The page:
Admittedly I did not read the entire article, but in the spirit of the article it appears they're just attempting to USE short term variance to explain why a bet may or may not be a 50/50 at any given time. While you can use math to do tricky things like this, it must be understood that this is false at the end of the day, and in the long run. The law of large numbers rules these debates, and time and time (and simulation) again the numbers come out exactly to what they're supposed to be.
I had a physics teacher in high school that used a bit of trickery like this to explain that lights do not emit light and that in fact they are "dark suckers" similar to a black hole. The closer you get the more dark they suck in and the further away the less powerful they are, etc, etc. At the end of the day all of us idiotic high schoolers were like "omg mathematically he's right" then he promptly made fun of us for accepting a couple of his base lines where he did some trickery like this that were essentially false claims.
He also had another experiment, which I think even today is still cute, but it involves similar trickery. Basically, you can "mathematically prove" a 50/50 is ONLY a 50/50 if you believe it is. What it boils down to is sampling size. Say craps pass/don't pass was a perfect 50/50. If someone only played craps 10 times in their life for 1 throw only... Then their results will be PURE variance. It will NOT be 50/50 it will literally just come down to luck. It's the same idea with a coin toss or any 50/50 (or even other odds)... The idea is if the person doesn't get enough trials in their lifetime, then from the perspective of their lifetime the event is NOT a 50/50 (or whatever the true odds are). One could use math to show that over multiple lifetimes it does come out to the true odds, sure... BUT do I personally care about multiple lifetimes? If from the time I'm alive to the time I die the odds aren't 50/50 for me, then it's not a 50/50, regardless of what you say mathematically. This is a fun one to ponder over different scenarios and really makes you think about real life perspective when relating to mathematics... something mathematicians don't often do =).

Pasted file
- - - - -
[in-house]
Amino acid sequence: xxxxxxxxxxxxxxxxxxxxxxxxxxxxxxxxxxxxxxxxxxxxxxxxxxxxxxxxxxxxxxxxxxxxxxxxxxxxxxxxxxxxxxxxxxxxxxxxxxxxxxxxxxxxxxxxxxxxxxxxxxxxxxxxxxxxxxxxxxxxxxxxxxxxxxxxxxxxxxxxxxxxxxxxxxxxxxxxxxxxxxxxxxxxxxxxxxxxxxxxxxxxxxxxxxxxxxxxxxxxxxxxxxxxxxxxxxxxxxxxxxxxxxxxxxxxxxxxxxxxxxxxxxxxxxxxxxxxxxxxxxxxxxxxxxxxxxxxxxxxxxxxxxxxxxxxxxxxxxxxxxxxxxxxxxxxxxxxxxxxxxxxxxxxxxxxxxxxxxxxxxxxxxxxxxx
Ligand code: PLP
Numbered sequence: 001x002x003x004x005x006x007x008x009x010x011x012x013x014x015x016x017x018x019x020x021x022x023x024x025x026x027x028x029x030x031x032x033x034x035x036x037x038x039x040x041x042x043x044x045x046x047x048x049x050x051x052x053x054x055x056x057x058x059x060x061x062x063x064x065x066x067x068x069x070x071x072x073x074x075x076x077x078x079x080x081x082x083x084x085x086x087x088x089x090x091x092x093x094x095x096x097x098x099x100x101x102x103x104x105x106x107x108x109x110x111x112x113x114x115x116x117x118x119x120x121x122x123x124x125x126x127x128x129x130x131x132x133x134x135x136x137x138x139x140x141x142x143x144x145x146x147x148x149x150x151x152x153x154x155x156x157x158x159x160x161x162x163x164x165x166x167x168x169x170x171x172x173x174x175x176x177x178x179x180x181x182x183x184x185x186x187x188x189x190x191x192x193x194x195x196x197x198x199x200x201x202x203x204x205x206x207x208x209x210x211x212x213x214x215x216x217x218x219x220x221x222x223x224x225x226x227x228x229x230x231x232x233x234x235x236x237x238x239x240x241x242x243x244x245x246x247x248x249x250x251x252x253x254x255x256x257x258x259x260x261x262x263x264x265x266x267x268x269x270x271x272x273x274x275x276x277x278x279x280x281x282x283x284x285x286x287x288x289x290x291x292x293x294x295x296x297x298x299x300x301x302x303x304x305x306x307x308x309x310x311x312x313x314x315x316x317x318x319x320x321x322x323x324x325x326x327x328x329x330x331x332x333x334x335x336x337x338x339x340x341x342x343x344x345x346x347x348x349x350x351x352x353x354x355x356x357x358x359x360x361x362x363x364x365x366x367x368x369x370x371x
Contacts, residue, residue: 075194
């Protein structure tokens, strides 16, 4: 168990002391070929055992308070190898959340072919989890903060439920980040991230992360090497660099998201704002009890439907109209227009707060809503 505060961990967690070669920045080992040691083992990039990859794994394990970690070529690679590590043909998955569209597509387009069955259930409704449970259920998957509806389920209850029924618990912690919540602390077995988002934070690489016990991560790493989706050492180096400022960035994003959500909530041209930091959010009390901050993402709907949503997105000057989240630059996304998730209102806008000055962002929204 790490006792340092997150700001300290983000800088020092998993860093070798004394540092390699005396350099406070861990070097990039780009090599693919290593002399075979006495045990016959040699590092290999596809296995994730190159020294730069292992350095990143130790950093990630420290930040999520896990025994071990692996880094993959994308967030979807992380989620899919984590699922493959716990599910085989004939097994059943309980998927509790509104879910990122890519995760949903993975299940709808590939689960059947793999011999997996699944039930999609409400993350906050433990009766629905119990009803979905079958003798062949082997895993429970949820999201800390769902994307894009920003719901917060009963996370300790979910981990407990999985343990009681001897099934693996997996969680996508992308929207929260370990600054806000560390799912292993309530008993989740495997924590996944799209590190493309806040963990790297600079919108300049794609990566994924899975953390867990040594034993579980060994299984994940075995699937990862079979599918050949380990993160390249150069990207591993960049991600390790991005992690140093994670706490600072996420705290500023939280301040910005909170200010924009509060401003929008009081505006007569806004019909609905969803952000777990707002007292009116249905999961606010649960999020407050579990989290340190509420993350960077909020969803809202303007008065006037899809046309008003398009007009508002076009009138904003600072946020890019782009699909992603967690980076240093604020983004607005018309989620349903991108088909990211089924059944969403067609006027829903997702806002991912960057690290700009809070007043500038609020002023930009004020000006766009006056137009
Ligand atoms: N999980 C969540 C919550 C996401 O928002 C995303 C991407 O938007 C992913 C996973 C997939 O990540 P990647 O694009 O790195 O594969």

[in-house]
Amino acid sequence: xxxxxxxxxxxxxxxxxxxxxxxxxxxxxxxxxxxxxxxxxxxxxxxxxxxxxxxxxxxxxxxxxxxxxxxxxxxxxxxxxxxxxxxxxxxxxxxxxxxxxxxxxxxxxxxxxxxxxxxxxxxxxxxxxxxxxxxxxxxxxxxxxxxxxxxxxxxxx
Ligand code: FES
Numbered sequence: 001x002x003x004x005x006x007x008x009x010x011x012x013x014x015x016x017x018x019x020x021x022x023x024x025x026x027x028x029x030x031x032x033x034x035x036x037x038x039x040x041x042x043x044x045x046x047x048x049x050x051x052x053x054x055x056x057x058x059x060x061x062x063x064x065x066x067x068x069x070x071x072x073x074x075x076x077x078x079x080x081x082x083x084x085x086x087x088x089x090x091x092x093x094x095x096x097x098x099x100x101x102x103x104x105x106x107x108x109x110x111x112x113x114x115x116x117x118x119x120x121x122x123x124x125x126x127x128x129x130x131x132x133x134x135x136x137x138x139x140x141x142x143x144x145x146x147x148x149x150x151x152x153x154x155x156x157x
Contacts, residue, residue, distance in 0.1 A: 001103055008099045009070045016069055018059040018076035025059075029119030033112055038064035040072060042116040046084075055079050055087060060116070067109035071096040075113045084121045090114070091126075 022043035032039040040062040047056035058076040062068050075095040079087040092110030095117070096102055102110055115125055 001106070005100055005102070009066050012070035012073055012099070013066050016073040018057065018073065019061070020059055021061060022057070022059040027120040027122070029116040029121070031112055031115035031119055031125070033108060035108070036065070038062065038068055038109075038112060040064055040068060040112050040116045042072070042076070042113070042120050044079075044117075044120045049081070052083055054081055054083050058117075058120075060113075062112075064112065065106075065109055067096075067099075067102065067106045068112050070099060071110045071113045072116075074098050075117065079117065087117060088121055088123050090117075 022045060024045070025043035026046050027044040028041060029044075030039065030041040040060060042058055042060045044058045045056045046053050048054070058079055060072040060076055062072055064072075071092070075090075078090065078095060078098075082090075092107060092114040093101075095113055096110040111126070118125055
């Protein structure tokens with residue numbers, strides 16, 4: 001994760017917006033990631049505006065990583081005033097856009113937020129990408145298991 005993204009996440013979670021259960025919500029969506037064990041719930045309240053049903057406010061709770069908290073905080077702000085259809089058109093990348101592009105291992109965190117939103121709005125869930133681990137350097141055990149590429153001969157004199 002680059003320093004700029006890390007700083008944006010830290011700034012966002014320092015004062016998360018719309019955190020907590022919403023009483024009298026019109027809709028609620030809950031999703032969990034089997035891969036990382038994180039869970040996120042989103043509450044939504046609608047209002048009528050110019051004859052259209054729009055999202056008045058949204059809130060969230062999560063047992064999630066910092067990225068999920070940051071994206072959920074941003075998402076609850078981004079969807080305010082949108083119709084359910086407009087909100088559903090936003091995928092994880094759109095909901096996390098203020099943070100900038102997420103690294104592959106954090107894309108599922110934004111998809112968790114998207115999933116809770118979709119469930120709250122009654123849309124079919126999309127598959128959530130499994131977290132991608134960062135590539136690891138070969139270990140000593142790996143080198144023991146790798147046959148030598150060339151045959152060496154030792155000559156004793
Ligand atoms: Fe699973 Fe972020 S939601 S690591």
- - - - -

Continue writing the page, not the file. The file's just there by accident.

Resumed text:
Playing it correctly means you've already won.